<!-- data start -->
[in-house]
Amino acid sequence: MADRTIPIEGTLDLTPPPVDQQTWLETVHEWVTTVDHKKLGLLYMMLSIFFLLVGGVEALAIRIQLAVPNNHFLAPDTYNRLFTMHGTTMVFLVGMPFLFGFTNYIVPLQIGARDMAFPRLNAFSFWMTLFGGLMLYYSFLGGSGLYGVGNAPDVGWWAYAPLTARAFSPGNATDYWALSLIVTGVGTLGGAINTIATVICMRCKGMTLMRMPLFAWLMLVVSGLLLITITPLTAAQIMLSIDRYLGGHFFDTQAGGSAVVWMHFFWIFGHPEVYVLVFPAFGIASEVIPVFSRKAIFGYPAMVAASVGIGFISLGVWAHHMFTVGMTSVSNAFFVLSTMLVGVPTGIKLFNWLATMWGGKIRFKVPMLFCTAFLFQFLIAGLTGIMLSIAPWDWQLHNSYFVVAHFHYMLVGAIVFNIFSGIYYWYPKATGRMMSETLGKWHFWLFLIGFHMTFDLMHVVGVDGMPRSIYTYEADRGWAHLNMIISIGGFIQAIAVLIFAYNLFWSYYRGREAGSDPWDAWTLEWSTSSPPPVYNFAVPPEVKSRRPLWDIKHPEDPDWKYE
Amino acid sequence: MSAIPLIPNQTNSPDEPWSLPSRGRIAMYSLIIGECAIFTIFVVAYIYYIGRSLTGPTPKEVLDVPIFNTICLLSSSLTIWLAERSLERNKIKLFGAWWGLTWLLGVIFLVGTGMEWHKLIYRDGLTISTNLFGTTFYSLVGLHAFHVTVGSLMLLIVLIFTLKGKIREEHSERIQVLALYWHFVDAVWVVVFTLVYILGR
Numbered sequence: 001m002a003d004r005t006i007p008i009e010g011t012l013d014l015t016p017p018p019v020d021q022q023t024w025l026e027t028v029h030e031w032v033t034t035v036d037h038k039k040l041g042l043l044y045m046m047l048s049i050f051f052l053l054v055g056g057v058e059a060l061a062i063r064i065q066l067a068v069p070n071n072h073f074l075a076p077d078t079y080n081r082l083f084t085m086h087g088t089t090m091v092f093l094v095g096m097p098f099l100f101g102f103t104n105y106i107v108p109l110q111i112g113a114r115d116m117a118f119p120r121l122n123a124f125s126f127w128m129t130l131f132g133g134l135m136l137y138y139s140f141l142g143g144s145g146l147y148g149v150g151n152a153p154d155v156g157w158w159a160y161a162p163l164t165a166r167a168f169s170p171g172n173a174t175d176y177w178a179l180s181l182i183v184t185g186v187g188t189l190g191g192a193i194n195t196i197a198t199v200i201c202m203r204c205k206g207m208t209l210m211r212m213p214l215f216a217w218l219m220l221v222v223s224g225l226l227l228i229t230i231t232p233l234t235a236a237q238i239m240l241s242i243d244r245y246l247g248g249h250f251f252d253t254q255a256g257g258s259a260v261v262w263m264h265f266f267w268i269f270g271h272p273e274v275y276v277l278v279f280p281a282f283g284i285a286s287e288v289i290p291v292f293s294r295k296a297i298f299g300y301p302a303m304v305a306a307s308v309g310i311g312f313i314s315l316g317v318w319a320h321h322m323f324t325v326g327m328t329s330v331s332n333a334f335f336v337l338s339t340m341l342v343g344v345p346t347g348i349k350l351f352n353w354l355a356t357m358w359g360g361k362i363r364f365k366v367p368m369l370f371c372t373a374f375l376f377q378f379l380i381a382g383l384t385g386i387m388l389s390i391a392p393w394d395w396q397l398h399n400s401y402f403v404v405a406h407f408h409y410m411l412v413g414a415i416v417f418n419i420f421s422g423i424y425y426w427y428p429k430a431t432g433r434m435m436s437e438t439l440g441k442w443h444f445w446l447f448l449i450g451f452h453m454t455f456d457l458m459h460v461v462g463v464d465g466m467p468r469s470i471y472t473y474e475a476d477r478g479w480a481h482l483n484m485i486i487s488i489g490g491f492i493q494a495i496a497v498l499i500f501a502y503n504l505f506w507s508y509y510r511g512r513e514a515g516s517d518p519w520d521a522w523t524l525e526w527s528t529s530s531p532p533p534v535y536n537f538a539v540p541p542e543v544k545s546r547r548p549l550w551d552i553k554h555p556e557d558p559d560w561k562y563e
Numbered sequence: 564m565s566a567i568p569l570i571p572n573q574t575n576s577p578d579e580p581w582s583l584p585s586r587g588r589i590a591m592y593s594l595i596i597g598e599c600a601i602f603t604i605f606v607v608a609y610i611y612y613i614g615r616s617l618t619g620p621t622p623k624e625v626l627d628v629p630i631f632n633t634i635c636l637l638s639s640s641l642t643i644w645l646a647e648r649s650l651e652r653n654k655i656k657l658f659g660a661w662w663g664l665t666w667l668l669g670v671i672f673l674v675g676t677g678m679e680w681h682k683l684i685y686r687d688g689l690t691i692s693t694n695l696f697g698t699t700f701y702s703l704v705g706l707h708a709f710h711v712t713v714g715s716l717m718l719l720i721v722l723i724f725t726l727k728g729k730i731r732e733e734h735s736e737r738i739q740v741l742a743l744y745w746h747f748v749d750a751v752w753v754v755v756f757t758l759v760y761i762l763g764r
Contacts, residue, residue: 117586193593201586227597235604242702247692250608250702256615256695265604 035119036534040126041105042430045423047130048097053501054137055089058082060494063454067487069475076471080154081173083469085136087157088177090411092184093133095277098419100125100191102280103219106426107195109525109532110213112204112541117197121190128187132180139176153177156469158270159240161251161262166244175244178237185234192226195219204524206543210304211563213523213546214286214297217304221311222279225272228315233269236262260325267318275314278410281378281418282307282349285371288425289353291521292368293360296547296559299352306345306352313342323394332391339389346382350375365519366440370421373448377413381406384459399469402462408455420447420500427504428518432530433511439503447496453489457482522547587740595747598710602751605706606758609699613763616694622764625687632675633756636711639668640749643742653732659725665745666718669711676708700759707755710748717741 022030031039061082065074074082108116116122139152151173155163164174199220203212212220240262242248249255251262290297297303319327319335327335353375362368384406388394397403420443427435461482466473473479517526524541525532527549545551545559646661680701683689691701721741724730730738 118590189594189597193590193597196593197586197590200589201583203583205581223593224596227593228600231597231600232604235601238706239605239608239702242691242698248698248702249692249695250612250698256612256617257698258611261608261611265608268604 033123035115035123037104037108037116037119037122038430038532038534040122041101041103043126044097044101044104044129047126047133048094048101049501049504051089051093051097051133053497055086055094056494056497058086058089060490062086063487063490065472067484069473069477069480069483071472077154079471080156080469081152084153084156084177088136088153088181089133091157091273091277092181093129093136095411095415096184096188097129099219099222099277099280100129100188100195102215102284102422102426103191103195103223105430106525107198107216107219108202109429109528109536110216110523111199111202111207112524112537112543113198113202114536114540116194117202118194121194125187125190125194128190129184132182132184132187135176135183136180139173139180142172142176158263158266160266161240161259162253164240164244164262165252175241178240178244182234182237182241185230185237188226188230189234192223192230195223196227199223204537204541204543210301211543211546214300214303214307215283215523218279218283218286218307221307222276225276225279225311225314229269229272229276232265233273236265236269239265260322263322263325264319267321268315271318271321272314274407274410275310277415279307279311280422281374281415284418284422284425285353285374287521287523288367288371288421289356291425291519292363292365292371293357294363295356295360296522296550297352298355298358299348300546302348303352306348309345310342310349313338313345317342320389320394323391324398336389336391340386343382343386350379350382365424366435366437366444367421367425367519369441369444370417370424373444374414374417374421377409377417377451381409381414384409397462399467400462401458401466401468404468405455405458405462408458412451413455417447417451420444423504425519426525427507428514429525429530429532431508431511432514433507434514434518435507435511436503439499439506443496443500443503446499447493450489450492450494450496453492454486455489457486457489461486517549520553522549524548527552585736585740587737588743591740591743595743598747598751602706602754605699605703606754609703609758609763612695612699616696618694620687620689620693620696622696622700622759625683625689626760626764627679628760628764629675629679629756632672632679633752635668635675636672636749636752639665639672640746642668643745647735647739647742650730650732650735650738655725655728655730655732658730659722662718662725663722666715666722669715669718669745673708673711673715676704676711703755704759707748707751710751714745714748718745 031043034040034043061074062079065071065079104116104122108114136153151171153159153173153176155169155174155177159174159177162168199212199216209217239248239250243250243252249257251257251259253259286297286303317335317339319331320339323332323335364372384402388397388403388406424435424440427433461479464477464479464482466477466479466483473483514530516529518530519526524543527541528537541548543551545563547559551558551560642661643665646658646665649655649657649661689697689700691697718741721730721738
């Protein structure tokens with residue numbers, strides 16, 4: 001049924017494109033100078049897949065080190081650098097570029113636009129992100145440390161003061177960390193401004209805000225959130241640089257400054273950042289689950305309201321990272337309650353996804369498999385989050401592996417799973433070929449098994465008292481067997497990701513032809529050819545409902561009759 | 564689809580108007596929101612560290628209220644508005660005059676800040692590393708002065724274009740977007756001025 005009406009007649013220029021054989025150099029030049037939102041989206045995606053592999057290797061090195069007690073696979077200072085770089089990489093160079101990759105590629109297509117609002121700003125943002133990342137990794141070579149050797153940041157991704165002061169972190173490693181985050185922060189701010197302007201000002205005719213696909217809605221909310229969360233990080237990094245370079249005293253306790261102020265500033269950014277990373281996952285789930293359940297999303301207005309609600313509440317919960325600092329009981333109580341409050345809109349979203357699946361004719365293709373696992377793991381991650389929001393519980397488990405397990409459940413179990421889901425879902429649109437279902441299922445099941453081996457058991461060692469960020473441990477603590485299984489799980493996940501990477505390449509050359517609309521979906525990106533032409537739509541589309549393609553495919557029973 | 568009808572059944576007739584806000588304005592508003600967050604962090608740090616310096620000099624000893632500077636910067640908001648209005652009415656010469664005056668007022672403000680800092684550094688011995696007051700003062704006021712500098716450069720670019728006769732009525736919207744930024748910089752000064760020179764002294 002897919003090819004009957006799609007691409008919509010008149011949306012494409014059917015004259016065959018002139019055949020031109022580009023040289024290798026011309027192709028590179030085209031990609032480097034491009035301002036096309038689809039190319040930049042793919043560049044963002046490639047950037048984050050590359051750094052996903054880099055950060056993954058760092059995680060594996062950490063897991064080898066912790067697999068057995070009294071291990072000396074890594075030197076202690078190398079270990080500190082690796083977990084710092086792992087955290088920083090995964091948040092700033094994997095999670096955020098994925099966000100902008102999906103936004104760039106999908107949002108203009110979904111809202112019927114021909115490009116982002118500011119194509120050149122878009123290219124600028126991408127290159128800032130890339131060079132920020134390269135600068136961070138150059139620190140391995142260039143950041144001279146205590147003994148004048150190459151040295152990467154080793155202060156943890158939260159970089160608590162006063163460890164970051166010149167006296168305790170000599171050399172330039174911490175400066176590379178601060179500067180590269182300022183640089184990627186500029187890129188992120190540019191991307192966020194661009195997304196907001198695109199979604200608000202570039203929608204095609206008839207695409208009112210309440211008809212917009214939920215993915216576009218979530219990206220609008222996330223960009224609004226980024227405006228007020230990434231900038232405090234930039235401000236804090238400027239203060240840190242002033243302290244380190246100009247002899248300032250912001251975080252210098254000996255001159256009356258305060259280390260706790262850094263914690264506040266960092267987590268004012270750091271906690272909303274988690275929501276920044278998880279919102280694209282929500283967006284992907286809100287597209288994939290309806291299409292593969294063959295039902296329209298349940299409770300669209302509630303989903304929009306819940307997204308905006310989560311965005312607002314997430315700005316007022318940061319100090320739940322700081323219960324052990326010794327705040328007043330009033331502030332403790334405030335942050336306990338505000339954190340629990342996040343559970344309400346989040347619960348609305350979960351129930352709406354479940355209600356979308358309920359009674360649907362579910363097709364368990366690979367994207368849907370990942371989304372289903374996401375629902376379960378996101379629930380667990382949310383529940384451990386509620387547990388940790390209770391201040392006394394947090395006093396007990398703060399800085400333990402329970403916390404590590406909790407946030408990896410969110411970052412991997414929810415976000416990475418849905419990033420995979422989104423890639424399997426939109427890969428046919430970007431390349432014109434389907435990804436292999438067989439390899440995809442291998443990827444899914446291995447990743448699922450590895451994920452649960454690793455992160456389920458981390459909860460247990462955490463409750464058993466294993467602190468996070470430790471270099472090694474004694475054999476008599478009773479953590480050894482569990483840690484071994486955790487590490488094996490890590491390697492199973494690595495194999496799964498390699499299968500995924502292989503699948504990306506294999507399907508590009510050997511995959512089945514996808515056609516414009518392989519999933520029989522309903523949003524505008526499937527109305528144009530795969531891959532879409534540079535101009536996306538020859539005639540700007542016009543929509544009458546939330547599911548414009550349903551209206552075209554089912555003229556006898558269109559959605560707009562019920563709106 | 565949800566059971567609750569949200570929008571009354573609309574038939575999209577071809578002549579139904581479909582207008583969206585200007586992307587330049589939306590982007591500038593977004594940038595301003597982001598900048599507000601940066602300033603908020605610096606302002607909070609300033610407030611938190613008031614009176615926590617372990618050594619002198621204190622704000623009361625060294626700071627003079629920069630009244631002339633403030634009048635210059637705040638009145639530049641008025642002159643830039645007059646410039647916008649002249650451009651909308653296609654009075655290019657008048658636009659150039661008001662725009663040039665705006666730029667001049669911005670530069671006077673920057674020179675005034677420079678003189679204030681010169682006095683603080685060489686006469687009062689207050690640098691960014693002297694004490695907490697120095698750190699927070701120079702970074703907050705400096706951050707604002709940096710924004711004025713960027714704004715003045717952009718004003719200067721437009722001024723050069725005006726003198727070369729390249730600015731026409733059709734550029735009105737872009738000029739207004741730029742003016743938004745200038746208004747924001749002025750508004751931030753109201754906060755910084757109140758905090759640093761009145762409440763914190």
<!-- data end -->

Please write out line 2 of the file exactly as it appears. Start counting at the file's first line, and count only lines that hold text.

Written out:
Amino acid sequence: MADRTIPIEGTLDLTPPPVDQQTWLETVHEWVTTVDHKKLGLLYMMLSIFFLLVGGVEALAIRIQLAVPNNHFLAPDTYNRLFTMHGTTMVFLVGMPFLFGFTNYIVPLQIGARDMAFPRLNAFSFWMTLFGGLMLYYSFLGGSGLYGVGNAPDVGWWAYAPLTARAFSPGNATDYWALSLIVTGVGTLGGAINTIATVICMRCKGMTLMRMPLFAWLMLVVSGLLLITITPLTAAQIMLSIDRYLGGHFFDTQAGGSAVVWMHFFWIFGHPEVYVLVFPAFGIASEVIPVFSRKAIFGYPAMVAASVGIGFISLGVWAHHMFTVGMTSVSNAFFVLSTMLVGVPTGIKLFNWLATMWGGKIRFKVPMLFCTAFLFQFLIAGLTGIMLSIAPWDWQLHNSYFVVAHFHYMLVGAIVFNIFSGIYYWYPKATGRMMSETLGKWHFWLFLIGFHMTFDLMHVVGVDGMPRSIYTYEADRGWAHLNMIISIGGFIQAIAVLIFAYNLFWSYYRGREAGSDPWDAWTLEWSTSSPPPVYNFAVPPEVKSRRPLWDIKHPEDPDWKYE